Introduction – What is Drifting?


According to the all knowing wikipedia:

“Drifting refers to the difference in slip angle between the front and rear tires of a car. When the rear wheels are slipping at a greater angle than the front wheels, the car is drifting, or over-steering. The rear end of the car appears to chase the front end around a turn, while the front tires control the actual direction of the car.- wikipedia

Image of two professional drifters racing at NOPI drift.

Umm … right. When I read this definition, I close my eyes and I am instantly thrust back to my school years when professors made it a point to say things in utterly incomprehensible fashion just to stroke their fragile egos. Then i think to myself, what the hell is a slip angle? So for those of you that are members of the ADD generation, present party included, I’ll put this definition in real world terminology. Drifting is a motorsport that involves losing the traction of your rear wheels while steering the car with your front wheels, all in a controlled manner through a series of consecutive turns. Basically, when you are drifting you are intentionally causing the rear end of the car to do a controlled burnout, thus causing your car to be sideways while turning. I like to describe this motion as the rear “stepping out”. Now you can officially desregard all of this slip angle mumbo jumbo and think of drifting as losing traction at the rear while steering with the front.

Where did drifting originate?

Drifting has been a driving technique in motorsports for decades, but its rise as a full-fledged sport began in Japan on roads called touges. (A touge is a mountainous, public, twisty road where professional and amateur street racers race and hone their skills. a.k.a “back roads” to Americans) These twisty roads, combined with the rear wheel drive cars commonly found in Japan, meant that not only were you likely to slide the rear wheels of your car around a turn on these roads, but that controlling that motion could be the difference between staying on the mountain or going cliff diving. As drivers began to hone their drift skills, it was inevitable that people would want to know who was best. As a result, our modern form of drifting was born. Now drifting has firmly planted its roots in the United States in the form of D1, Formula D and Nopi Drift. Drivers race 2 at a time on a closed course and are judged on their drifting technique, style and how well they are able to shadow or pull away from the lead driver. But more importantly, drifting is a sport that combines skill, style and personal expression all into one.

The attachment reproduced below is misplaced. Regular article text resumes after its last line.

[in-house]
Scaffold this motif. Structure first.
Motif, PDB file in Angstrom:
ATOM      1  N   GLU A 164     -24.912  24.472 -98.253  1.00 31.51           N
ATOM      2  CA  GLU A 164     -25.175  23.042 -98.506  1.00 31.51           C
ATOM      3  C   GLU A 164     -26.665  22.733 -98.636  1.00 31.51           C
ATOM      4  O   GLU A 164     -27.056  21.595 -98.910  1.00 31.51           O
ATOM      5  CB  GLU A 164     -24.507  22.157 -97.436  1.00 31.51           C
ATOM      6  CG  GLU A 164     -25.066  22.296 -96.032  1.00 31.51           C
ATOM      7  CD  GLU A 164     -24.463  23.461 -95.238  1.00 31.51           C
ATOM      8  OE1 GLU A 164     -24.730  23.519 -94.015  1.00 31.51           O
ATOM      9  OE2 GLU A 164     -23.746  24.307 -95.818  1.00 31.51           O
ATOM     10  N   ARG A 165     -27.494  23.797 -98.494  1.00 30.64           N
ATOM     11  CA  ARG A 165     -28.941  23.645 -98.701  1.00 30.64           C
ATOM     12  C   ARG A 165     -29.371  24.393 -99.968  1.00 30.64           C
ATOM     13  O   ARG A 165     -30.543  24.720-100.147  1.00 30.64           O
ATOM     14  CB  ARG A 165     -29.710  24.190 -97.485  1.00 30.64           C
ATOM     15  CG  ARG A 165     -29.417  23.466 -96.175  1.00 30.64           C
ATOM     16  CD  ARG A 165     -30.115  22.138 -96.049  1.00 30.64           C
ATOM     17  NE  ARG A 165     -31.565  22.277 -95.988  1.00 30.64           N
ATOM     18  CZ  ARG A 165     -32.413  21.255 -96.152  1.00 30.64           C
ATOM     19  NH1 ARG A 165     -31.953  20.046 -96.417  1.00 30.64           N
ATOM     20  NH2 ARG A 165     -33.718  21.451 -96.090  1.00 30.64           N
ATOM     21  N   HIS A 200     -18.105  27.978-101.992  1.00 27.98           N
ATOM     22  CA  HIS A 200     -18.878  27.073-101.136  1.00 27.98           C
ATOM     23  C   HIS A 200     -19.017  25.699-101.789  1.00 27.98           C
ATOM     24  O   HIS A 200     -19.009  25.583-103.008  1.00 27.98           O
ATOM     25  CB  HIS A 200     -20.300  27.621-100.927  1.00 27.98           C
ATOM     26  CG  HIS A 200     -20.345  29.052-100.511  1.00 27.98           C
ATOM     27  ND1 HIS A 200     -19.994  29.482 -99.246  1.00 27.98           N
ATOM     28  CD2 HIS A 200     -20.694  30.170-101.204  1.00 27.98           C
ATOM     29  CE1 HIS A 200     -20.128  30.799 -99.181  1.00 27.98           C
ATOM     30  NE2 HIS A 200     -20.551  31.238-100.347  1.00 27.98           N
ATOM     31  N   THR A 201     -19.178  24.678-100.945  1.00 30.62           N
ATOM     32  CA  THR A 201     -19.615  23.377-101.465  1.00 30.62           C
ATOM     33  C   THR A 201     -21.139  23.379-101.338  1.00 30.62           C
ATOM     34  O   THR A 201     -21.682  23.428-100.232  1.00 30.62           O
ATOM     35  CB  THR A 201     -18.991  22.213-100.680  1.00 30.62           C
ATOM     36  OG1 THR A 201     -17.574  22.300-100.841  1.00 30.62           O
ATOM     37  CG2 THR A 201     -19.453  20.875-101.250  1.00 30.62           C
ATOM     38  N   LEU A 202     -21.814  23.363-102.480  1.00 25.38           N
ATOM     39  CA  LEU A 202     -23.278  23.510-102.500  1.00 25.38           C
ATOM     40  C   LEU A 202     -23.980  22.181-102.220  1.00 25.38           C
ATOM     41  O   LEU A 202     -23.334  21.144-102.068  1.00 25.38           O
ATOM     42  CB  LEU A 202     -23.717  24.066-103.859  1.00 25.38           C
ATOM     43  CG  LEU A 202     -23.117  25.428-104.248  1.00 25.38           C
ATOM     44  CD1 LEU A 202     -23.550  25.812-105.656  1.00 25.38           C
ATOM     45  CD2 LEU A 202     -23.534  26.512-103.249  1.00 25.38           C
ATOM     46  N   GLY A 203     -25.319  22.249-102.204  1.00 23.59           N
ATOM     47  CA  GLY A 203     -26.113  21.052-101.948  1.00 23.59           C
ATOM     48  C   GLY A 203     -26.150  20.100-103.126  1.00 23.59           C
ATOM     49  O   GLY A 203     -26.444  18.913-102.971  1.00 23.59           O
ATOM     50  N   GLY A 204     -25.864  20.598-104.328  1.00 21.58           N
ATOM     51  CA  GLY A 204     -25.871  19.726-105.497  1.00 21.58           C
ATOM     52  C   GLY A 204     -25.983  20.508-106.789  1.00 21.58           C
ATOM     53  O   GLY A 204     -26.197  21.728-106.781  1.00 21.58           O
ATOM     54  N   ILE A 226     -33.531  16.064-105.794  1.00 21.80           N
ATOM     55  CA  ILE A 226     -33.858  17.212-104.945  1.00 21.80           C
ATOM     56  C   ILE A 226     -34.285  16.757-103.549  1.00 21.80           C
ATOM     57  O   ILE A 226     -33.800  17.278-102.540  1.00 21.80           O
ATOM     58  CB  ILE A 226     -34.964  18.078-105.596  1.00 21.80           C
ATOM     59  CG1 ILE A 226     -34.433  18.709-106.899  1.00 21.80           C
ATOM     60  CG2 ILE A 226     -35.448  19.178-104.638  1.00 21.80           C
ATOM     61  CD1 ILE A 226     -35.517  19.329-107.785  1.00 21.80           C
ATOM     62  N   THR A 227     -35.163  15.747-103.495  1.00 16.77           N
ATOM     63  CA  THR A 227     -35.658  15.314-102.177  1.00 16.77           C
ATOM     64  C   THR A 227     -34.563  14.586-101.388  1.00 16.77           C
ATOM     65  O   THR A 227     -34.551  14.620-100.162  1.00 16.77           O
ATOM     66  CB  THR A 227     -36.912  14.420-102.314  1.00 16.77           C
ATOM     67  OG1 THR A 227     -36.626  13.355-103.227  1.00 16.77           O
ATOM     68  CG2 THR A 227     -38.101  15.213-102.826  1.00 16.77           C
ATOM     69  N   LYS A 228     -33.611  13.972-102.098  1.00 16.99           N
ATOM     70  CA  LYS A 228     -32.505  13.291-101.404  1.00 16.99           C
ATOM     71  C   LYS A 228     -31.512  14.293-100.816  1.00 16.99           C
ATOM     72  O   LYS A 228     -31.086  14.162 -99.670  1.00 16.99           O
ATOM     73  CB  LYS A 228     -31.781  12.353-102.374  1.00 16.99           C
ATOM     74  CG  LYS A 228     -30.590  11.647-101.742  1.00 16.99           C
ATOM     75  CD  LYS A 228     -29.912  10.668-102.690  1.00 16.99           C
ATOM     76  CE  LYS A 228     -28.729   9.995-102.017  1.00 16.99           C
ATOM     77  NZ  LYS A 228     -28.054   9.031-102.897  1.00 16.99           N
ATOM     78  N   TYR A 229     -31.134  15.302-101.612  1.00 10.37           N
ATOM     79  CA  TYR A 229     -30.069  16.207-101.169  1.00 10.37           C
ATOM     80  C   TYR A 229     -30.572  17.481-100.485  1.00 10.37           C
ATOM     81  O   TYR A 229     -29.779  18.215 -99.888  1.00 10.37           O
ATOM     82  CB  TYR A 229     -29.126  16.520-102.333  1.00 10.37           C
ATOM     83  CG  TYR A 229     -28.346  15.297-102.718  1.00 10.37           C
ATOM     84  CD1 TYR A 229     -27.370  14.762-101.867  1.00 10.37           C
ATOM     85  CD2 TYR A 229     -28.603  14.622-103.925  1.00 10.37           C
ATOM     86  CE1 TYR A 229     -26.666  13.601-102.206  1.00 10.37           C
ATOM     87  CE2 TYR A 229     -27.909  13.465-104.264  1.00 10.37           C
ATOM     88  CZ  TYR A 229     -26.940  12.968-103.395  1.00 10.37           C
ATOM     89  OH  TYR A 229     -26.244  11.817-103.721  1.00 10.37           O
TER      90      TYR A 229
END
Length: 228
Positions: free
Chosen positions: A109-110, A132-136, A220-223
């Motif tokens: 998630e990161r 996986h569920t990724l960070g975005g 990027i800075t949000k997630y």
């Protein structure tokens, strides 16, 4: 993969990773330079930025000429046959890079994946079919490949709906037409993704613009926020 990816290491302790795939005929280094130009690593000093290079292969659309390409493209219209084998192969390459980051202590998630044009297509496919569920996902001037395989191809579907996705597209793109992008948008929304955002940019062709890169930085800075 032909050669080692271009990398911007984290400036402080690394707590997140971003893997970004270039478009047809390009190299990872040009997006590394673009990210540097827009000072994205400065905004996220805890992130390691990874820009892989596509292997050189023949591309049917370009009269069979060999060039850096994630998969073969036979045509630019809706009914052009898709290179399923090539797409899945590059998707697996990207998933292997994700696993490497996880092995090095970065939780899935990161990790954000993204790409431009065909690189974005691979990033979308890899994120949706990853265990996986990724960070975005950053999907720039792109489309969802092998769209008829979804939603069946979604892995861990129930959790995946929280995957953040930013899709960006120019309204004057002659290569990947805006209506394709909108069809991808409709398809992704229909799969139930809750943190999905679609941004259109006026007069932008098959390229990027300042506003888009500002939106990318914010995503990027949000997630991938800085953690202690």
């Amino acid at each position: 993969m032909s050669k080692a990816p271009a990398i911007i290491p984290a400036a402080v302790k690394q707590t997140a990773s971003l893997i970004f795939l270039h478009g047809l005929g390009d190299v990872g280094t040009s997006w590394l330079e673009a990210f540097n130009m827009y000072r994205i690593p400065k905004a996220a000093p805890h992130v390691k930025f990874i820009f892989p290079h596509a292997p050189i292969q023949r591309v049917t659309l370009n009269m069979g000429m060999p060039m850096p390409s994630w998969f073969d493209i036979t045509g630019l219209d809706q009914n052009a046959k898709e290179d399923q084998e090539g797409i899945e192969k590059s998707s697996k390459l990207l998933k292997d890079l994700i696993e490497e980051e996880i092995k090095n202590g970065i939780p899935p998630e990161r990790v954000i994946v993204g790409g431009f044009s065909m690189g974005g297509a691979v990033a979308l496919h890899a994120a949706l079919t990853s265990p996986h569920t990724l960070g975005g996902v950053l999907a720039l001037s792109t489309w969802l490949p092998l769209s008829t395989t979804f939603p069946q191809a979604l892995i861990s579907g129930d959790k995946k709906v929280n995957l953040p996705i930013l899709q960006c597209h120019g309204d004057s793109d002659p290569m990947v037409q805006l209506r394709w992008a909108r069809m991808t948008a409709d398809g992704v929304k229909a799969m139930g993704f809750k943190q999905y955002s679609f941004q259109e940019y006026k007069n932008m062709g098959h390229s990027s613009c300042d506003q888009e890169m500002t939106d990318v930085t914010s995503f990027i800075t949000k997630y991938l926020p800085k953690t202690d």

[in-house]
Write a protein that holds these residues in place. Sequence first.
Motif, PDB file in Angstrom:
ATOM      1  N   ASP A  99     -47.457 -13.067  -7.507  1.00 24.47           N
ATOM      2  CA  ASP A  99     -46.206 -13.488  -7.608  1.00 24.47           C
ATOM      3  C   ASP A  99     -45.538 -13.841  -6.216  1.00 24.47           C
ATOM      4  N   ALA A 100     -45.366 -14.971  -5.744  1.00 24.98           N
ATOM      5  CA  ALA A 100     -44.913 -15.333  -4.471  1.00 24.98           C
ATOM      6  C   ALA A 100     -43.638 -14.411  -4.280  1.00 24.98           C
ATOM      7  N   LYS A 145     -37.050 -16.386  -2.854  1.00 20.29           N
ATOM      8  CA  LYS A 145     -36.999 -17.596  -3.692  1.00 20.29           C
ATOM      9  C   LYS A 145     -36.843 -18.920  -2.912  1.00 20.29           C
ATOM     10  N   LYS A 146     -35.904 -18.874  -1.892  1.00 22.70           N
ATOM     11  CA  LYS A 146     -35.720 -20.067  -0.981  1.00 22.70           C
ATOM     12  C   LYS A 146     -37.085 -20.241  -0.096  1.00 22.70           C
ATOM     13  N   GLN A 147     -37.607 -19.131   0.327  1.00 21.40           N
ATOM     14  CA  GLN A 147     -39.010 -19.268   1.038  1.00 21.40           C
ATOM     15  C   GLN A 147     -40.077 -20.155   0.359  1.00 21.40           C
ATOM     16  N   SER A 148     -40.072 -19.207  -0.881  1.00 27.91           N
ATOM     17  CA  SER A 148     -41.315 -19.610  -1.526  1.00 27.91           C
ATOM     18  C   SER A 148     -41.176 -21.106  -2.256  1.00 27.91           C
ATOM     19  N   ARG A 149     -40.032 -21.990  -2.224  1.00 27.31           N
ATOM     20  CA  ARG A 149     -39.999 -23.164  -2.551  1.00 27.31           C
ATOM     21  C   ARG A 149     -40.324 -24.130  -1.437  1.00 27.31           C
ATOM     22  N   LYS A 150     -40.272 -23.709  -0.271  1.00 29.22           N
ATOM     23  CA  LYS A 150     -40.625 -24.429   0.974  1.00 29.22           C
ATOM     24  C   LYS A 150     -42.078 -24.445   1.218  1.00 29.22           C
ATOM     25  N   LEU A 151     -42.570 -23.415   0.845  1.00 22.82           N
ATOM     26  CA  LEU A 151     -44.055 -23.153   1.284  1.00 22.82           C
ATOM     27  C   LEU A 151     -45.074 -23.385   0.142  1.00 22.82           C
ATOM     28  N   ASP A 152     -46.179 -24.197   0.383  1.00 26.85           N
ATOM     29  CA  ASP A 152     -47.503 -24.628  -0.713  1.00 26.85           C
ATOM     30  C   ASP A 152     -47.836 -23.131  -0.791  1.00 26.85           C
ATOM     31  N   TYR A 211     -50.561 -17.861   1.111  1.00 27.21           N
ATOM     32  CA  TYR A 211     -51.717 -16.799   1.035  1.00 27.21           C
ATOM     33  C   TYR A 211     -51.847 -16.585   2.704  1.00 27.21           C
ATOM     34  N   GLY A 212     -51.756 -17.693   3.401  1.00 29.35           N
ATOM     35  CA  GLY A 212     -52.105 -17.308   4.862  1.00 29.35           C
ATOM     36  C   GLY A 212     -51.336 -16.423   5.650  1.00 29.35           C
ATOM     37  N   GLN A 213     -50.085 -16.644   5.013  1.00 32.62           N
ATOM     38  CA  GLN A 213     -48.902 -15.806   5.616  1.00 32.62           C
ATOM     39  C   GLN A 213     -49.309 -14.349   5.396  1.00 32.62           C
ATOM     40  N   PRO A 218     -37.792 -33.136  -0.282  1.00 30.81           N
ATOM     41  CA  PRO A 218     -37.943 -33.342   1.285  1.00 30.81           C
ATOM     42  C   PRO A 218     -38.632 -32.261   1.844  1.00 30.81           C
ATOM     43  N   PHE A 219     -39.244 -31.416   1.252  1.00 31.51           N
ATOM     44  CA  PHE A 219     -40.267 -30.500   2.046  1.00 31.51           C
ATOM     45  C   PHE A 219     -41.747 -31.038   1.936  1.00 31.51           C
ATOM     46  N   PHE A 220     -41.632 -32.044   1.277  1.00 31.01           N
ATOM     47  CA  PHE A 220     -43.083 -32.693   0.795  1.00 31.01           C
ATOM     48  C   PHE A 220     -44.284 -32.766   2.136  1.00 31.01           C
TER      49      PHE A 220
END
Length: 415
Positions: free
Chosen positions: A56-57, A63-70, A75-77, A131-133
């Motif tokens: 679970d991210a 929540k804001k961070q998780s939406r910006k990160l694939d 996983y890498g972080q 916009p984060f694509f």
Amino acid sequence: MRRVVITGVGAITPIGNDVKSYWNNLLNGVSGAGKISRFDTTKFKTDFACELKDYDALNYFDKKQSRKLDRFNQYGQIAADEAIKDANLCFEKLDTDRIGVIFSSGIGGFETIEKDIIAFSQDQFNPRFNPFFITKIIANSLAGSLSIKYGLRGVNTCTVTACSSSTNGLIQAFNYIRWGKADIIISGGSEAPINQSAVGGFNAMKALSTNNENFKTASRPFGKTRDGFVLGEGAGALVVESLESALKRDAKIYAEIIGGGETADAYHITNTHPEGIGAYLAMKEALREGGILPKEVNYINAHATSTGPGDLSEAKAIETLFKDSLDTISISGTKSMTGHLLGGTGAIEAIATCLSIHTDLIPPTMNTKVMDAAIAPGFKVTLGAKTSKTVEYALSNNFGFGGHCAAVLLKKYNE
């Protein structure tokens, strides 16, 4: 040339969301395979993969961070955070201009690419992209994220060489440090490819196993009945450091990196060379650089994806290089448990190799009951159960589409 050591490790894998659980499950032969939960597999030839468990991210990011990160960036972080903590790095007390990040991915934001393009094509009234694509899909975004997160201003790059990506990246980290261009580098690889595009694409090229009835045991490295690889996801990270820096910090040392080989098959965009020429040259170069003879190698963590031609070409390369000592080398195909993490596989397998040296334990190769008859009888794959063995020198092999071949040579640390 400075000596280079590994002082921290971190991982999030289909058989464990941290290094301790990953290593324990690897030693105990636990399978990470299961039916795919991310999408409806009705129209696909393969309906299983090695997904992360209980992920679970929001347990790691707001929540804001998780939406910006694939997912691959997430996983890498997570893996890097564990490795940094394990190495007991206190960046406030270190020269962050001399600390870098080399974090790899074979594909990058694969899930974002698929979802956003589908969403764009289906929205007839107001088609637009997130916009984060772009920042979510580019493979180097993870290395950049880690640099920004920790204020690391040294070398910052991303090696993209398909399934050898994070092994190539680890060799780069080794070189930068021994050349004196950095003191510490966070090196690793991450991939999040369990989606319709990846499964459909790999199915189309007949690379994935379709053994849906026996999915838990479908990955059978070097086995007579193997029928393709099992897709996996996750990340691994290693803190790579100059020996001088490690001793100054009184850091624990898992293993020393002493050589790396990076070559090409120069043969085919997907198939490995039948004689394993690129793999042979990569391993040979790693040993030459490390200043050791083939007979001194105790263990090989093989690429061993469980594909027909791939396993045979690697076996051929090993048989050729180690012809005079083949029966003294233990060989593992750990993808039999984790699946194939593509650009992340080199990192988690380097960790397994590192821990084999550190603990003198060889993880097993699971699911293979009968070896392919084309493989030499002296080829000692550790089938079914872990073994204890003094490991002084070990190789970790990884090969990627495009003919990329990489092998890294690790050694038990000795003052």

So why drifting?

Simply put, drifting is by far the most fun that can be had on four wheels. It is a relatively inexpensive motorsport to participate in, has a great, open community and can teach you car control skills that can be applied to every other form of racing.

Thats all for now. Hope you enjoy the site.



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